Living Heritage: Our values, beliefs and ways of life shape our sense of identity, belonging and place, connecting past, present and future.
Kristin Catherwood |

General Information

The Heritage Fairs program consists of three levels: local, regional, and provincial. Students participate in their local school or community and are then chosen to advance to a Regional Heritage Fair, run by a volunteer Committee under the direction of Heritage Saskatchewan. In 2018-19, there were five Regional Fairs: Saskatoon, Regina, Moose Jaw, Swift Current, and the Saskatoon Tribal Council. Students from as far away as Meadow Lake and Rosetown participated in Saskatoon, while students from all over southeastern Saskatchewan participated in Regina.

Any Saskatchewan school is currently eligible to participate, regardless of their geography. If required, a Regional Fair may be run with only one participating school in the area. (This would have to be pre-arranged with Heritage Saskatchewan to allow for relevant spots to be held at the Provincial Heritage Fair.)

Heritage Saskatchewan aims to expand the program to include regional fairs throughout the province, but this needs to be done with support from communities and schools.

From the Regional Fairs, 50 projects (approximately 60 students) are chosen to participate in the Provincial Heritage Fair in Regina, which is run directly by Heritage Saskatchewan.

In 2018-19, approximately 4000 students across the province prepared a Heritage Fairs project in their classroom, either in partners or individually. Of these, approximately 400 students were chosen to attend the Regional Heritage Fairs. Fifty-nine students represented their schools and regions at the Provincial Heritage Fair.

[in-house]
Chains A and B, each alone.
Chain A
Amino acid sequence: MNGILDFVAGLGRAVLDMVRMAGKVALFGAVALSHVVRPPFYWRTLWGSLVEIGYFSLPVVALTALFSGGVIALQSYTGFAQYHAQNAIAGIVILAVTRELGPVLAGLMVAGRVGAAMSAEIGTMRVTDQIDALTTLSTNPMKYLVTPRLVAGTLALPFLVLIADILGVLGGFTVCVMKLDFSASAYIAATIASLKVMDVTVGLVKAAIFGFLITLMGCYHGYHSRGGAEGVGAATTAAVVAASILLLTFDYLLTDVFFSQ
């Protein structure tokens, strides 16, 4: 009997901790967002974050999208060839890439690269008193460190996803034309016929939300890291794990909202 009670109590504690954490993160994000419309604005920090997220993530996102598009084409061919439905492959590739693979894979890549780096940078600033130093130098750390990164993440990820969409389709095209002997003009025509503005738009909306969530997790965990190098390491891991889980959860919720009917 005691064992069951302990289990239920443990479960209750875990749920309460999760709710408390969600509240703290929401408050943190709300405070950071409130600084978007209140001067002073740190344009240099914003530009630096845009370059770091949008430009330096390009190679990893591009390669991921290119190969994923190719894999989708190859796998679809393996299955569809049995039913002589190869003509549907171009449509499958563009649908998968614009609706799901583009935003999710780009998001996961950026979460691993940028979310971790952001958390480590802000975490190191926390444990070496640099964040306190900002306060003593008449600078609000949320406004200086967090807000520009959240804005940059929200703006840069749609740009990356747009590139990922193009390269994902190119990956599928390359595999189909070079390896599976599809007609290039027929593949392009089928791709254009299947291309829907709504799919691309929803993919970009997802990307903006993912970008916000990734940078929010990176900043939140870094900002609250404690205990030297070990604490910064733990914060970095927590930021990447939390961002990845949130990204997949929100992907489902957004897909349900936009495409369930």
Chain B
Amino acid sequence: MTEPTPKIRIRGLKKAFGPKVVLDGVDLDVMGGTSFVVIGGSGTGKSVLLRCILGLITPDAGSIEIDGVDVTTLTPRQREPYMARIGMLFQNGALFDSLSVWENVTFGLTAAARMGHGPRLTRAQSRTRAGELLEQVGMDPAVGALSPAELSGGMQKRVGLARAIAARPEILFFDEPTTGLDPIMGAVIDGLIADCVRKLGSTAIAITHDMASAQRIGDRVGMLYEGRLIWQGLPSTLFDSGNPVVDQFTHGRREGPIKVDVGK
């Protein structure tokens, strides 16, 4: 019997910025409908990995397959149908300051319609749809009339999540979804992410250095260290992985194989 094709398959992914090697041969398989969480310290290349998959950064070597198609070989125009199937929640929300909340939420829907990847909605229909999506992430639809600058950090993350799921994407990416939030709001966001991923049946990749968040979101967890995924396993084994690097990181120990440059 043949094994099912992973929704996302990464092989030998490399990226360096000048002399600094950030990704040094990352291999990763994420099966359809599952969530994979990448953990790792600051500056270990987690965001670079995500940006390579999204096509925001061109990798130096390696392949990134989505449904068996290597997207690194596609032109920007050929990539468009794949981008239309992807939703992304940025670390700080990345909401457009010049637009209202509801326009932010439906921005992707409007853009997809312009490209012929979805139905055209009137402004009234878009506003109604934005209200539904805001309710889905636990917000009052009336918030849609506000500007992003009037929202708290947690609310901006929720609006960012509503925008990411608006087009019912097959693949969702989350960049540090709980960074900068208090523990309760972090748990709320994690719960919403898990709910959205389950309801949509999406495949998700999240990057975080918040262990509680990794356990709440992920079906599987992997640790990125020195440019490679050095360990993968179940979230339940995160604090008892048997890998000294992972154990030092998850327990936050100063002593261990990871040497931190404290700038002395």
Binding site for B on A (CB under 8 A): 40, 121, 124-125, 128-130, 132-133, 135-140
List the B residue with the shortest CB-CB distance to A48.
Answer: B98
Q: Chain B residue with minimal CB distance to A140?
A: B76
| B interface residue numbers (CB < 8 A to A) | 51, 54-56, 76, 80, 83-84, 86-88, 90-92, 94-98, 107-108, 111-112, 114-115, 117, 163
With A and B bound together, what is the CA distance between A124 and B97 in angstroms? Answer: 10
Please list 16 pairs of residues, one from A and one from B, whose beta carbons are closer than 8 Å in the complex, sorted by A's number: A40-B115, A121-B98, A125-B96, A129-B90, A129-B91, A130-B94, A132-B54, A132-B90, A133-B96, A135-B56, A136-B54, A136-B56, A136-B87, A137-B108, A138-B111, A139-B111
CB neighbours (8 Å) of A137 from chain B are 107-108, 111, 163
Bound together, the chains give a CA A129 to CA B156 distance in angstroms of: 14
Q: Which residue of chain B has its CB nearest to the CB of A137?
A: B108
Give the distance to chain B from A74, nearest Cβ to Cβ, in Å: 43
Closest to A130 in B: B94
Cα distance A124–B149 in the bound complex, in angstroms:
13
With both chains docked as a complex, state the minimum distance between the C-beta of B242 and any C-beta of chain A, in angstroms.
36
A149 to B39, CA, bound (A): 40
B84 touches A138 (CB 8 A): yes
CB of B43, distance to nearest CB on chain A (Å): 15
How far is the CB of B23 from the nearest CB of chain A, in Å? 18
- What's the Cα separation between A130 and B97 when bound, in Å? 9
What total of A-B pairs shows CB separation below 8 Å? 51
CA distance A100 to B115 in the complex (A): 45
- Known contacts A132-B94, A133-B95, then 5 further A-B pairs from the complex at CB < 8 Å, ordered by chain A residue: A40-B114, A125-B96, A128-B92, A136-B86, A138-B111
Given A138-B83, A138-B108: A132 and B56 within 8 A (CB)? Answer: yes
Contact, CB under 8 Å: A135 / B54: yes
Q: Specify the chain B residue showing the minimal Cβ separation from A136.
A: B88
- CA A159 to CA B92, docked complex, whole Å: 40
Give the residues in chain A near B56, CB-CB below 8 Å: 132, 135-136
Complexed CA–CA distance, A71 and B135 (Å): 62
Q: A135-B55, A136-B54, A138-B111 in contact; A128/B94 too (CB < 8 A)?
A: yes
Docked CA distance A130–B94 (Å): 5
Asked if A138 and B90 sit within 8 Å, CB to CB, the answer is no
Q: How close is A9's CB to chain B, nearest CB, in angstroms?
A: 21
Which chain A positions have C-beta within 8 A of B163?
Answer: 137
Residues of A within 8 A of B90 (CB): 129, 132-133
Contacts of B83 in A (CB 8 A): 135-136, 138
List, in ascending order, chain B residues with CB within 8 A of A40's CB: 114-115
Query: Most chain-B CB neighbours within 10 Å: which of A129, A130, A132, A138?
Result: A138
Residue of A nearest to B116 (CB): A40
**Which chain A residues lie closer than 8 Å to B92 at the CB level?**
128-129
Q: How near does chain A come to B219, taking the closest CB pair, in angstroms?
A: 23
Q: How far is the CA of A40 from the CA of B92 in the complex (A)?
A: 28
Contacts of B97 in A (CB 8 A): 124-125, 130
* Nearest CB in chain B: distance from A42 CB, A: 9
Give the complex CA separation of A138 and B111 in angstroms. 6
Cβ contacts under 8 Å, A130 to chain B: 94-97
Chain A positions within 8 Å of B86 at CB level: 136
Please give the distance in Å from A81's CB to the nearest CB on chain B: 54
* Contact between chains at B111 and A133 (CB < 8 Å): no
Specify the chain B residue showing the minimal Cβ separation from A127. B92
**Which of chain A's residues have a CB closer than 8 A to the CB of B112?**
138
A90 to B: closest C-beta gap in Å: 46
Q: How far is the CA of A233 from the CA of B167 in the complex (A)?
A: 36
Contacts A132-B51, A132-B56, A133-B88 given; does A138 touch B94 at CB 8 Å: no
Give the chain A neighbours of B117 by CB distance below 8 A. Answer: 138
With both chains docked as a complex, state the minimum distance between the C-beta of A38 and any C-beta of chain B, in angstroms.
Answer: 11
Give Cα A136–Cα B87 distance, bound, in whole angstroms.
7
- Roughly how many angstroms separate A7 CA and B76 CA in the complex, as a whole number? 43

Any student in grades 4 through 8 in Saskatchewan is eligible to participate in the Heritage Fairs program. 

Any teacher or homeschooling family can use Heritage Fairs to enhance their Social Studies, Science, Communication, or Language Arts classes.

Heritage is wide-reaching and promotes citizenship, stewardship, and critical thinking. The lessons learned in creating a Heritage Fairs project can be applied to multiple school subjects and will be retained throughout the students’ academic and professional careers. More than simply history, heritage encompasses all aspects of our lives. It makes us who we are.

Students from grade 4 through 8 choose their own topics in the classroom and develop a written report, a visual display and an oral presentation. Their independent research takes them deep into the topic and the challenge is picking the key points for their interpretation and telling their story.

Students are then evaluated on their research, presentation, and display, as well as their historical thinking skills for their respective grade level.



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